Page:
When I first entered the world of wine and spirits, I had no idea what a large role bulk wine and bulk spirits played. Like most people, I thought every winemaker and distiller made their own product with their own hands. A product of their own blood, sweat and tears. It turns out, many wines that end up being bottled under a particular label were made in part or by another winery entirely. Sometimes those wines were intentionally made to be sold on the bulk market and sometimes they are simply in excess of their own program volume requirements.
Some wineries use bulk wine as a “hedge” so as not to buy too many grapes. Others use bulk to supplement programs that are growing or have possibly outgrown the production capacity of their winery. The reasons for how and why bulk wines are used can vary greatly. So too can the price of bulk wine. What you pay or what you get for your bulk wine depends primarily on supply and demand, where the grapes were grown, and the quality of what you are buying or selling. In short years where demand outstrips supply, the price of wine is generally higher and selling even marginal quality wine is easier. In longer/lower demand years or for varietals that are less in demand, the price of wine is lower and selling even good quality wine is much harder.
So as a seller, how does one “win” at the bulk wine game you ask? The answer to that is two-fold – get your wines in front of buyers early. Partnering with a reputable broker is key here as they have existing relationships with buyers and connections that you probably don’t. Finally, make sound wines, without flaws and do whatever you can to ensure that your wines show better than your competitors. When it comes to making sure your wines come out on top, the most efficient, sustainable, and cost-effective way is with Oak Complements.
Oak is a great tool for lifting and ripening fruit, can mask flaws, and can help bring the aromas, flavors, and textures that other winemakers are looking for. When you put your wines up for sale on the bulk market, think of it like creating an online dating profile – you want to appeal to as many potential suitors as possible. You’re certainly not going to post the least flattering picture of yourself or point out all of your flaws and hang-ups. Oak can check a lot of boxes that buyers are looking for, it can be your long walks on the beach, candle-lit dinners, or your love of cats and comic books. Oak can help ensure your wines show well and get the coveted swipe to the right.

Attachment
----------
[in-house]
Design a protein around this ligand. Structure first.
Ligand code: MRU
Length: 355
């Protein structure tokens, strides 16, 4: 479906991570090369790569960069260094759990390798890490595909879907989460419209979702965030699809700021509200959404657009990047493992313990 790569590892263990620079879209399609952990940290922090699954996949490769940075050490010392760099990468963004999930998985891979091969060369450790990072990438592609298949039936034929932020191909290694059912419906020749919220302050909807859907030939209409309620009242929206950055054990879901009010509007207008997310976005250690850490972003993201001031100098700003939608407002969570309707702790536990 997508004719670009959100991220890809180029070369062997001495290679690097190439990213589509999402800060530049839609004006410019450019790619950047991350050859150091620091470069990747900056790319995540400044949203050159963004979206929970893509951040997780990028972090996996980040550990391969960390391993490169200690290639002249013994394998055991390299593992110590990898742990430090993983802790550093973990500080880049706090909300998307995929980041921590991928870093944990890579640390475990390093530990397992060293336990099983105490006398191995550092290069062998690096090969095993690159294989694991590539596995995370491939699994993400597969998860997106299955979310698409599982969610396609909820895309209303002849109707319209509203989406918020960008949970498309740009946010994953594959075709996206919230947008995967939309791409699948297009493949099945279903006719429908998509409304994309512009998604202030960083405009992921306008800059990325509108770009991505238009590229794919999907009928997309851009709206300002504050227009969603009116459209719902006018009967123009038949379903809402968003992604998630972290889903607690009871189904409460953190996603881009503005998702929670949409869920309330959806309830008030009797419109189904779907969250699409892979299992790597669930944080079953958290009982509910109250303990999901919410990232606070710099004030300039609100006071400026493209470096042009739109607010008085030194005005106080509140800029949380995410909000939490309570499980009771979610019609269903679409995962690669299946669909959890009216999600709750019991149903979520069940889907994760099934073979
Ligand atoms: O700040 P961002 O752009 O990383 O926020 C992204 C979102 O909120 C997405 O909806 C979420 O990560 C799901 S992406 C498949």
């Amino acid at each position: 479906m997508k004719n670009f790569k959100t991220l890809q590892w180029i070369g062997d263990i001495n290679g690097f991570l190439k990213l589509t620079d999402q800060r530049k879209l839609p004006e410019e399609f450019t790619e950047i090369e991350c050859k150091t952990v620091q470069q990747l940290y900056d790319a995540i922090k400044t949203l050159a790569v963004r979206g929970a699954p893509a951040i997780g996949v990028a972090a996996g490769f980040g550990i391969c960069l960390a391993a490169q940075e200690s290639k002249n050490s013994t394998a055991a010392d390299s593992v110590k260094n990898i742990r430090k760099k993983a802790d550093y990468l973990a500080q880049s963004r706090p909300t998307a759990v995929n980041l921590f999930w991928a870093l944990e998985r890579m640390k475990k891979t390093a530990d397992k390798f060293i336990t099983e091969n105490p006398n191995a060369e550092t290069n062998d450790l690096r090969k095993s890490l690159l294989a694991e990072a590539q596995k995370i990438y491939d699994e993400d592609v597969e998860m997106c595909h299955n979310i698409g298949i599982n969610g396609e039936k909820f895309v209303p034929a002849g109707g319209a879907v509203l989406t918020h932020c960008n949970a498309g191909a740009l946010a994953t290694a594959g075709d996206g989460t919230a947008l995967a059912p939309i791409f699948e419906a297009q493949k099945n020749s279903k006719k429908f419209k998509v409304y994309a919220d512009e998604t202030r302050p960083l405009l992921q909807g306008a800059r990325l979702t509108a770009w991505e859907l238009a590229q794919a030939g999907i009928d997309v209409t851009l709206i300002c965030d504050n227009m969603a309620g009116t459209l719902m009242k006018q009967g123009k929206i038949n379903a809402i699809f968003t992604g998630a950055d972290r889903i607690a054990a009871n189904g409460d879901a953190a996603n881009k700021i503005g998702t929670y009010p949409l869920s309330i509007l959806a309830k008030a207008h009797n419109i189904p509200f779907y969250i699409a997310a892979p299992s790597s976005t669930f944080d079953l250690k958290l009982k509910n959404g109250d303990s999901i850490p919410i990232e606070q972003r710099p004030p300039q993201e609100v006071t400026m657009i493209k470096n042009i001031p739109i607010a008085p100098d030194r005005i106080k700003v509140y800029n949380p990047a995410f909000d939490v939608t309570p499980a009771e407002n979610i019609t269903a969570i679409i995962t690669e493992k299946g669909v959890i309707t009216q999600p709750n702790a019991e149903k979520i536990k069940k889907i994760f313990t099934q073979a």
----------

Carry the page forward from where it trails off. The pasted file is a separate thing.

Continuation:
In the long years where supply is high and demand is low, utilizing oak complements is even more important. It may seem counterintuitive – why would I spend more money on my wine when I’m getting less? The old saying “something is better than nothing” applies here since not selling your wine starts to become very expensive when one considers storage costs and carrying costs of the wine. A tank of wine is a big wet vessel full of sunken costs, and the quicker you get a return on your investment the better. Even a modest 2-3 g/L addition of oak chips can improve your wine tremendously and add less than $.05 per gallon. Storage costs alone could cost your winery $.10 – $.15 per gallon each month!
Selling your wine more quickly avoids those expensive storage costs and can save you a tremendous amount of money. When oaking up wine for the bulk market, I typically focus more on texture and volume utilizing more light toast and untoasted oak rather than put too much of an oak profile on the wine. This allows the buyer to put their own oak signature on the wine when they get their hands on it. If the wine is flawed in any way, I will adjust that formula to help mask any off characters by bringing in a little more of the aromatic toasts like Medium and Medium Plus.
In the competitive world of bulk wine sales, it’s important that your wines show better than everyone else’s. Aside from making sound wines to begin with, oak complements are the most efficient, sustainable, and cost-efficient way to get your wines sold and put money back in your pocket.
-Jason Dodge, Managing Director, Winemaking.